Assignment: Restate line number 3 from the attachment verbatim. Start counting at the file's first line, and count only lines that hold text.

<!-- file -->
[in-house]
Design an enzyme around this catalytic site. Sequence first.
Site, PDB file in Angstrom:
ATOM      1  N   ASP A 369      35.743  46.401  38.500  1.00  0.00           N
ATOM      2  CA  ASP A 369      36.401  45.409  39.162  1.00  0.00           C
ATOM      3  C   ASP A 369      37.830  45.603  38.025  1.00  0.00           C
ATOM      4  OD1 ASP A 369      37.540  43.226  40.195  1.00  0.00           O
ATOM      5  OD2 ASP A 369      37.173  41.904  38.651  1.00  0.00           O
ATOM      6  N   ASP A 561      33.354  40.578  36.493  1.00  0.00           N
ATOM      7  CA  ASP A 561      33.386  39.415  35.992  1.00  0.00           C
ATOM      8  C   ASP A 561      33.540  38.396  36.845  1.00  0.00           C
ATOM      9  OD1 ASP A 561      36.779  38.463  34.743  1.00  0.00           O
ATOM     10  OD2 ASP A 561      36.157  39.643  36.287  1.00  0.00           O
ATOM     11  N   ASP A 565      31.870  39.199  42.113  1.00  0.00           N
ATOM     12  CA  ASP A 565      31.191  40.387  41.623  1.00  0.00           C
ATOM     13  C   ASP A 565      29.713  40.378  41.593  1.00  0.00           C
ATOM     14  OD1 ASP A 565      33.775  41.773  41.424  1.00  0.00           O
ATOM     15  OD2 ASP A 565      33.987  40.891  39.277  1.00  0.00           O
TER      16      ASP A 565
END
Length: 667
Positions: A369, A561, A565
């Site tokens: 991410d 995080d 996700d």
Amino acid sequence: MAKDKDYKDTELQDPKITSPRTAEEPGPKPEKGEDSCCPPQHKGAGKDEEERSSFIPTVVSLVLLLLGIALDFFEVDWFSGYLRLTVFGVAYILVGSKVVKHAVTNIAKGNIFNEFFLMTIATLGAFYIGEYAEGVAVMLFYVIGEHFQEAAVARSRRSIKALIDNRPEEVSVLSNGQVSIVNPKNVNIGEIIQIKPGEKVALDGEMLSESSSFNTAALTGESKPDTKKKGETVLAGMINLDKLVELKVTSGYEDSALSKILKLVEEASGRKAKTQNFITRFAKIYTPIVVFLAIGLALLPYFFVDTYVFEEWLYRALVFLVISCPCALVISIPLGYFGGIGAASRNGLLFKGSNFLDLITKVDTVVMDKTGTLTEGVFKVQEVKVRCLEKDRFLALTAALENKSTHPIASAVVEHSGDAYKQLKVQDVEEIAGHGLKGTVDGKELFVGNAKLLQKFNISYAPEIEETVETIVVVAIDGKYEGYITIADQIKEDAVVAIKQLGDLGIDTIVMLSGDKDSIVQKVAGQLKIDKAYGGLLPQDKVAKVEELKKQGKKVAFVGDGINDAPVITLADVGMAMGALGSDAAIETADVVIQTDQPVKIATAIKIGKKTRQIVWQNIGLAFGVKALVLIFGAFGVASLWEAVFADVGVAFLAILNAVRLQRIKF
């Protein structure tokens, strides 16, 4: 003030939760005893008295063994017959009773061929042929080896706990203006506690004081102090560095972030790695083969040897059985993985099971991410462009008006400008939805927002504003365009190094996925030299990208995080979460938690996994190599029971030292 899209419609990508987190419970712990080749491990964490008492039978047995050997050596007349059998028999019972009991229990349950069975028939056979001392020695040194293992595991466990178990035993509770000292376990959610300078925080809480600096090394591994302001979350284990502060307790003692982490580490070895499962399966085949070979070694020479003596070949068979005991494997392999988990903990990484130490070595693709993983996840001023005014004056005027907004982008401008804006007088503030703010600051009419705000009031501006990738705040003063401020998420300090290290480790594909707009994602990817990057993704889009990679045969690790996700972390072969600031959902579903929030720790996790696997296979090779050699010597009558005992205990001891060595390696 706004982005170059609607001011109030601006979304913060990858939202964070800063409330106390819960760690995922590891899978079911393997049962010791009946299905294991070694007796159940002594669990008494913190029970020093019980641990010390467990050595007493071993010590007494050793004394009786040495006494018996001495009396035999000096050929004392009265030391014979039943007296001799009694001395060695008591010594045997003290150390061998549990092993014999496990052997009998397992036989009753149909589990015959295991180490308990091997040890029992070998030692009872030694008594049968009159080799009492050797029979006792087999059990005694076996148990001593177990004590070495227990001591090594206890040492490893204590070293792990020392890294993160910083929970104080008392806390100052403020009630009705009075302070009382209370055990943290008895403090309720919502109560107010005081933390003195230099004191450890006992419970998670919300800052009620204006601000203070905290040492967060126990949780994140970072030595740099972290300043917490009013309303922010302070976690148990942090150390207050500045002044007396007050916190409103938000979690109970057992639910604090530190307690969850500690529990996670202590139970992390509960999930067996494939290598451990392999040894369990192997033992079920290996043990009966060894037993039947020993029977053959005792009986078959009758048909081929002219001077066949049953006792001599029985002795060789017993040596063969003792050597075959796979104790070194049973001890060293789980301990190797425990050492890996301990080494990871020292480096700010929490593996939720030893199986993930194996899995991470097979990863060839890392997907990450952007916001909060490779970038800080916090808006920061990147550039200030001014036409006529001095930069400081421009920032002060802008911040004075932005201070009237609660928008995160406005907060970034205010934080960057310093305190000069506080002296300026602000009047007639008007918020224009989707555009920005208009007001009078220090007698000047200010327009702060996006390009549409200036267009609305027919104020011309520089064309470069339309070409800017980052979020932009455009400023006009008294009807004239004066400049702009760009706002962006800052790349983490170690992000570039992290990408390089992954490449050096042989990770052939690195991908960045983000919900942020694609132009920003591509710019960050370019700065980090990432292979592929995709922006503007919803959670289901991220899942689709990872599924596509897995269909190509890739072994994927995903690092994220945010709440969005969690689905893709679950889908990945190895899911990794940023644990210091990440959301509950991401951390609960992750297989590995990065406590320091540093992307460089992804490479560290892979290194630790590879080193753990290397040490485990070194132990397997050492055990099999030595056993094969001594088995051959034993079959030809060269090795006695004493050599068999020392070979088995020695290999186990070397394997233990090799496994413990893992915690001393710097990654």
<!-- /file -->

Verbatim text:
Site, PDB file in Angstrom: